other end of the supply chain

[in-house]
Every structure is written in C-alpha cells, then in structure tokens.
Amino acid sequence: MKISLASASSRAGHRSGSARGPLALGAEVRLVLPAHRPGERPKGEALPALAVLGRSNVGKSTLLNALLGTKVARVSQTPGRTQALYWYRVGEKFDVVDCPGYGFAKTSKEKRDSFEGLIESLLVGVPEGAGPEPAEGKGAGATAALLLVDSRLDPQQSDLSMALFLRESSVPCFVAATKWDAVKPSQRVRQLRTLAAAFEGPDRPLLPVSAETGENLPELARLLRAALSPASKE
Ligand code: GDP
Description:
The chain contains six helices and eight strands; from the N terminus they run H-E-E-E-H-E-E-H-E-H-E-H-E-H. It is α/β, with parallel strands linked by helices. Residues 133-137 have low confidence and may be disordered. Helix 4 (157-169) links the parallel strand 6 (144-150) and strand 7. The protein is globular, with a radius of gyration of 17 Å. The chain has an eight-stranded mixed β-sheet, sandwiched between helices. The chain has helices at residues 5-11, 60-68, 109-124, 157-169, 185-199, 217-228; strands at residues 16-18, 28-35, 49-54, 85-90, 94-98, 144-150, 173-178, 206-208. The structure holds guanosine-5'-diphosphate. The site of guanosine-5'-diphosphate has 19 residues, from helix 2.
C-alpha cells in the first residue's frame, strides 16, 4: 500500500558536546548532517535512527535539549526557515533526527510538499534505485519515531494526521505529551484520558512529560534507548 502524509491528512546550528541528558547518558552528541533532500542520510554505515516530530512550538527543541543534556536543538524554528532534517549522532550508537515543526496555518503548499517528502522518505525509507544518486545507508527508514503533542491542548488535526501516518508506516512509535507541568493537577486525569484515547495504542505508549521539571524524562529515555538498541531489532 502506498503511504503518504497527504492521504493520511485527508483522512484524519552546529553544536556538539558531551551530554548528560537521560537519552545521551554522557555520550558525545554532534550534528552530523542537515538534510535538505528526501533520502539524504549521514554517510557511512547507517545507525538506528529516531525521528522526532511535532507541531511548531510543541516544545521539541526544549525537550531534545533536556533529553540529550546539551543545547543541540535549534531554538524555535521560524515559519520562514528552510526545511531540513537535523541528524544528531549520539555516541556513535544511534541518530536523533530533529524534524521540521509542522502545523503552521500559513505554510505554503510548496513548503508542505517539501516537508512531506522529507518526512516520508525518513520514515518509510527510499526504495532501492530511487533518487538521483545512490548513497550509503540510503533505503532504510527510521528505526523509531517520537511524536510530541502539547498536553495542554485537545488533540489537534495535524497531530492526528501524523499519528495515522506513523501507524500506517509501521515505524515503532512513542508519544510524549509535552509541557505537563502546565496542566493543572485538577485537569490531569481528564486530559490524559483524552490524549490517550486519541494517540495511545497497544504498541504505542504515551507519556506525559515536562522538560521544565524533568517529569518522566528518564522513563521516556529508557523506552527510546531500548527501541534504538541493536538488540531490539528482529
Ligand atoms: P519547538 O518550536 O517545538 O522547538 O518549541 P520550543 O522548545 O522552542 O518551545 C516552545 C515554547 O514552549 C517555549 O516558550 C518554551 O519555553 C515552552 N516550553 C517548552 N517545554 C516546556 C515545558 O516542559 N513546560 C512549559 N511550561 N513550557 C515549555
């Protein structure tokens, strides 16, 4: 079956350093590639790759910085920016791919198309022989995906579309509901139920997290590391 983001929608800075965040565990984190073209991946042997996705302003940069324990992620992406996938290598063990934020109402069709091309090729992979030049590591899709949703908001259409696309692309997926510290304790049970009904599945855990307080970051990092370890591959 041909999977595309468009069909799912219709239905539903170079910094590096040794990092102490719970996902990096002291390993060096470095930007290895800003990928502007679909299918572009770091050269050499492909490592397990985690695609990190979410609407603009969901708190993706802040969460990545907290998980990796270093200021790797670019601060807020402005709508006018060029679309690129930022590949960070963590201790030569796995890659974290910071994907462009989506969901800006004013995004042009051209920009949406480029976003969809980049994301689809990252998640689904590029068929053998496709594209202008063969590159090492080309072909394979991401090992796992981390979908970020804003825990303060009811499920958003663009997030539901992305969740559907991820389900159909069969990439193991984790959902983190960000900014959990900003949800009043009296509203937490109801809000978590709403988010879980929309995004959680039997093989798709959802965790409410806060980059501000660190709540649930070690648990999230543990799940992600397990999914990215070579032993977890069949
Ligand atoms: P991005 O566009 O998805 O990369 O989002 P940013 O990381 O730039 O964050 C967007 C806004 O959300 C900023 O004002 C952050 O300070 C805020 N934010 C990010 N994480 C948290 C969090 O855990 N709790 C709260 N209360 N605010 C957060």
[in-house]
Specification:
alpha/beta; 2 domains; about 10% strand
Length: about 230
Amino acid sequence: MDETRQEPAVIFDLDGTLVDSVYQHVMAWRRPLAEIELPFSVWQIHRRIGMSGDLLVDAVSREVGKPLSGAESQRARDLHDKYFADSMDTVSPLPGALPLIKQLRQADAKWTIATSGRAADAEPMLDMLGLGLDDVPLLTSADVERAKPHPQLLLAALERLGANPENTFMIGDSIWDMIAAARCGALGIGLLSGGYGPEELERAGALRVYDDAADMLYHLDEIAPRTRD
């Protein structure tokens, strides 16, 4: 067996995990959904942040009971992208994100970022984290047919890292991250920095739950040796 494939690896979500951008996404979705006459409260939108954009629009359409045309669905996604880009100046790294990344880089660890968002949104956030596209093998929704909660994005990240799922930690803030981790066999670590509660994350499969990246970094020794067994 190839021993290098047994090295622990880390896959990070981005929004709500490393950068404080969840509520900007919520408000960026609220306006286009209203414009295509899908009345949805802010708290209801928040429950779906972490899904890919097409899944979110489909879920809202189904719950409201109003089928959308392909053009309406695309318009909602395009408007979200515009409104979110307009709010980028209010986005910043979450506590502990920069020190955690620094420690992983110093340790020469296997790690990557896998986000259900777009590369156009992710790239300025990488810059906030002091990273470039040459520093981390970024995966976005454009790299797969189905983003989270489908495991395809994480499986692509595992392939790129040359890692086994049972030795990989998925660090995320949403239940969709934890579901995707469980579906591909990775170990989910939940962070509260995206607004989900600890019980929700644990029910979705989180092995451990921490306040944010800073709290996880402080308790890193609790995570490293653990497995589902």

other end of the supply chain - (062-71 Supply-Chain R...